Saturday, March 21, 2009

Advantages of contributing to a Roth IRA

Look to contribute to a Roth IRA each year since the earnings from these tax-advantaged savings vehicles are never taxed (unlike traditional IRA's which are taxed as ordinary income at your marginal tax rate at the time you take distributions from your traditional IRA). Also, Roth IRA balances are not subjected to the required minimum distribution rules when you reach 70 1/2 years old. Therefore, if you do not need the money at that time, you can continue to let your money grow tax-free and ultimately leave a larger sum to your decedents if you so choose.

Now for some of the mechanics of the Roth IRA:

You can contribute up to $5,000 ($6,000 if age 50 or over) for 2008 and 2009. Keep in mind that your modified adjusted gross income (MAGI) has to be below $166,000 to contribute the full amounts previously mentioned. If your MAGI is between $166,000 and $176,000, then you can contribute some amount less than the full limit. If your income exceeds $176,000, they you are not eligible to contribute to a Roth IRA for 2009. In 2008, this phase-out range is $159,000 to $169,000.

For single individuals, this Roth IRA phase-out limit is lower: $105,000 to $120,000 for 2009. In 2008, a single individual’s income restriction is between $101,000 and $116,000.

Remember that you still have until April 15 of this year to make a contribution to any IRA account for 2008.

Finally, a big advantage to a Roth IRA is that you can use this as an emergency fund since you can withdrawal your principal (the amount you've actually contributed to the Roth IRA) at any time without penalty. This will allow you to garner a market rate of return on your emergency funds while possibly building a source of retirement income at the same time.

Please visit for more helpful tax tips and information.

Monday, March 16, 2009

Missing "cost basis" of stocks could be trouble when preparing your return, but there is help to get your through it.

Q. What happens when I don’t have a cost basis for my long or short term capital gain stock sale?

A. What a dilemma this is. Many of us have experienced this when we receive a 1099–B form with only the sold date and proceeds listed. We start to get nervous because we just increased our tax liability (sometimes substantially) and may owe the federal government money. No need to panic, however.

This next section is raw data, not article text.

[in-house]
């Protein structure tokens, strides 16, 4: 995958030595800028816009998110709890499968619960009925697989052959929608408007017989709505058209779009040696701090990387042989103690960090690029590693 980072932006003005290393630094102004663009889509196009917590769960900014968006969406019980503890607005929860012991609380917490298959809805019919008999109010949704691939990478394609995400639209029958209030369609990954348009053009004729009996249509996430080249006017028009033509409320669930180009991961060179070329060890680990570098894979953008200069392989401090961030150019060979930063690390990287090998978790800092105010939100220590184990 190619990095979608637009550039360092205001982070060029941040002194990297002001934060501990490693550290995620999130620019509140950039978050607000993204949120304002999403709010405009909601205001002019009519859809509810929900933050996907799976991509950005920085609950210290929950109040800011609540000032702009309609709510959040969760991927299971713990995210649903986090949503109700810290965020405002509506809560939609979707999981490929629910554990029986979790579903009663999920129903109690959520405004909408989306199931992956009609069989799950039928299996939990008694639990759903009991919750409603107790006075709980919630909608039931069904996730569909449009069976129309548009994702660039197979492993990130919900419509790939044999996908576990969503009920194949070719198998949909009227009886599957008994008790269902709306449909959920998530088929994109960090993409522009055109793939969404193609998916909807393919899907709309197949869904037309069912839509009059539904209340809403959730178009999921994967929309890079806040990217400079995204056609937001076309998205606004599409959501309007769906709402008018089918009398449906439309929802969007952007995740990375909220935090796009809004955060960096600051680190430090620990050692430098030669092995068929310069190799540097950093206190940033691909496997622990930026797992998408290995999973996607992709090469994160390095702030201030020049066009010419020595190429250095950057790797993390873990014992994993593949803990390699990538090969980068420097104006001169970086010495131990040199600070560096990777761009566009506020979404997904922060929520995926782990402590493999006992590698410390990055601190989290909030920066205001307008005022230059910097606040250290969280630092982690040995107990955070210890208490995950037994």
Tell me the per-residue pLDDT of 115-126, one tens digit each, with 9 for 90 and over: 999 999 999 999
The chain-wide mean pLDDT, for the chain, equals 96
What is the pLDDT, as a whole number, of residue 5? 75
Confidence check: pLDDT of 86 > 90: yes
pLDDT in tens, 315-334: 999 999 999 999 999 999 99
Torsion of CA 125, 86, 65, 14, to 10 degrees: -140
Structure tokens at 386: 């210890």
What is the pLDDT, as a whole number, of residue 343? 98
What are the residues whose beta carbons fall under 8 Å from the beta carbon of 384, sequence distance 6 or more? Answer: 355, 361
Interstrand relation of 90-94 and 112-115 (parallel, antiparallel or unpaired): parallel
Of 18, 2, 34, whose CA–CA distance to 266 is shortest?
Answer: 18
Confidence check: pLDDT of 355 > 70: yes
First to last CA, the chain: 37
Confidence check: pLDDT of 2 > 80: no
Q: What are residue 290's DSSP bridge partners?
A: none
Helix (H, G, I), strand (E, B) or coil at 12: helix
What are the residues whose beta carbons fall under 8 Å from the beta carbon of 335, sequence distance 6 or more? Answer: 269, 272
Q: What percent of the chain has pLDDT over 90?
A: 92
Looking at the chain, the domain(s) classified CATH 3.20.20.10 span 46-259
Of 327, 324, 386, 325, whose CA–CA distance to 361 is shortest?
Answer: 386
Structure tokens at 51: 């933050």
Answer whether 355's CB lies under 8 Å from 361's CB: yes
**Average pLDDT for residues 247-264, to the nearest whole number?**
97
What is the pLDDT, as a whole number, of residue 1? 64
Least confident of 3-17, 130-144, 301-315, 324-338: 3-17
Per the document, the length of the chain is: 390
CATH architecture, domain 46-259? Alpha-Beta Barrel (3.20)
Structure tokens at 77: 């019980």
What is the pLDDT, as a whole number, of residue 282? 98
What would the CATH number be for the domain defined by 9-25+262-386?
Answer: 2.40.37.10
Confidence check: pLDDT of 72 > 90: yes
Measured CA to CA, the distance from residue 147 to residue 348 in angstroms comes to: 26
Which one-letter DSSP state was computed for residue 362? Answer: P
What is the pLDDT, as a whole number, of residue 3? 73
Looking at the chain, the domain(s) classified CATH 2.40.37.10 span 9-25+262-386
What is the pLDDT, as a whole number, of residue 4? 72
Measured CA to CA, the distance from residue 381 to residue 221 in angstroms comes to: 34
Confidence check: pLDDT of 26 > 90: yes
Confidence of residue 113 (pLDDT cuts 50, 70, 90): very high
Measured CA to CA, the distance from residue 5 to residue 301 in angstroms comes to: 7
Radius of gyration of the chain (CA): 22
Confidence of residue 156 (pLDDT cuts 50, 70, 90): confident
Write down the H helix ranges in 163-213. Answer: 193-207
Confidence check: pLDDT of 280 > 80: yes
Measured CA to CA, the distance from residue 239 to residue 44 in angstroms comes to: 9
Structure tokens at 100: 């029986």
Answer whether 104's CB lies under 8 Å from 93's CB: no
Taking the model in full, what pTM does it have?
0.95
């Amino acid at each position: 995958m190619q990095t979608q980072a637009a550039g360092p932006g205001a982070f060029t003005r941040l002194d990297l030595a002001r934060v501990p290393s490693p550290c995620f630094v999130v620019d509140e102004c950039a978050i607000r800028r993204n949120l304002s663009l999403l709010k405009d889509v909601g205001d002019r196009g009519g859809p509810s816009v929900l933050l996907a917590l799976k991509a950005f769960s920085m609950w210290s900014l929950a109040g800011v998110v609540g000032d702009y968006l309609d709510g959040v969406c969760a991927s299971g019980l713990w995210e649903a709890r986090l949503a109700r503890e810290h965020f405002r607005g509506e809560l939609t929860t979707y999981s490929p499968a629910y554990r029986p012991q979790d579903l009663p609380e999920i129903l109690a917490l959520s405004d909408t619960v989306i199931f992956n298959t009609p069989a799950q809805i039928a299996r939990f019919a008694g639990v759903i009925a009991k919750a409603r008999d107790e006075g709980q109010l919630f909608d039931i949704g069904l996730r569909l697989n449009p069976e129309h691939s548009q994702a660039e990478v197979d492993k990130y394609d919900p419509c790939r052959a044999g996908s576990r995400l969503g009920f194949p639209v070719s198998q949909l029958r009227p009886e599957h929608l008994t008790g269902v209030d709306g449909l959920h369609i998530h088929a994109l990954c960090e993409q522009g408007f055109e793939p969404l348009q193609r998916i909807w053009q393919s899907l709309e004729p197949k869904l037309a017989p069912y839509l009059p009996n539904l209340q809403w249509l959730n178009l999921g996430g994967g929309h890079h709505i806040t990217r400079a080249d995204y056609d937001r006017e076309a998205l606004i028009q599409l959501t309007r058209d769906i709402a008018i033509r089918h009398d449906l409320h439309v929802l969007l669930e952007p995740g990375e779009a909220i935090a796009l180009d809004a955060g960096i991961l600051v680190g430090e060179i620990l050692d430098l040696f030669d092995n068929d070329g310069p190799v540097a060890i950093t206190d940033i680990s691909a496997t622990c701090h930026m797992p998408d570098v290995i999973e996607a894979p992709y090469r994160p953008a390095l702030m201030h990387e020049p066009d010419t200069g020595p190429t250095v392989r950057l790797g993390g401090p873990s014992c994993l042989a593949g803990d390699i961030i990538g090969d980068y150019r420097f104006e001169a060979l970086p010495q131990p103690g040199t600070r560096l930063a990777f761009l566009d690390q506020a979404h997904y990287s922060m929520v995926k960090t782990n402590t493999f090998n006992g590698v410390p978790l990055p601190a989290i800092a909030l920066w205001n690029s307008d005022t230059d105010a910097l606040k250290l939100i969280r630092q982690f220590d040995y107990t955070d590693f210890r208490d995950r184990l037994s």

First off, if the cost basis (the original dollar amount paid plus any reinvested dividends or capital gains in the case of mutual funds) is not listed – CALL YOUR MONEY MANAGER OR BROKER. They can usually access your cost basis and the date purchased. This is the best course of action.

If you cannot reach them because you are working on your taxes at 11:59 pm on April 15th, you have other options. If you only purchased stand alone stocks at different dates and prices, NOT in a mutual fund, you can use the First In First Out Rule. Hopefully, you have some information on some the original purchase price of stocks and dates. With that information, you can apply these stock prices and dates as your “cost basis”. Warning: you need to use the first date you purchased stocks to compute your gain or loss as short term or long term.

If the missing cost basis information is in a mutual fund, you can use the average basis of the stocks if they were acquired at different times and use this as your cost basis. There are two methods of the average basis: double category and single category. The double category is used for stocks that are long term and short term where you need to average each category out (i.e. one average cost basis for long term and one average cost basis for short term). The single category is when all the stocks in the account are averaged for an overall cost basis since they are all either long-term or short-term sales.

Your off-the-shelf tax software or even your accountant cannot help you with this information. You need to know the cost basis to correctly complete your return. Once you have this information, just add in the information and you are on your way to completing your taxes in a manner that should pass muster with the IRS.

A website that may be helpful to you in researching historical prices is

Visit for fee tax resources (including our online tax guide), financial calculators and filing options, including free access to a fillable IRS automatic extension form.

Wednesday, March 11, 2009

Do I need to claim my stimulus check received in 2008 as income on my tax return?

What do I do with the $600 of Stimulus money I received from the federal government in 2008?

Good news......Nothing! Unlike tax year 2007 where you had to claim your tax rebate, the 2008 stimulus check is tax free. Some tax software programs will ask you to fill in a question on the amount of your stimulus check, but it won’t increase your adjusted gross income (AGI). That is a good thing. So enjoy that money tax free!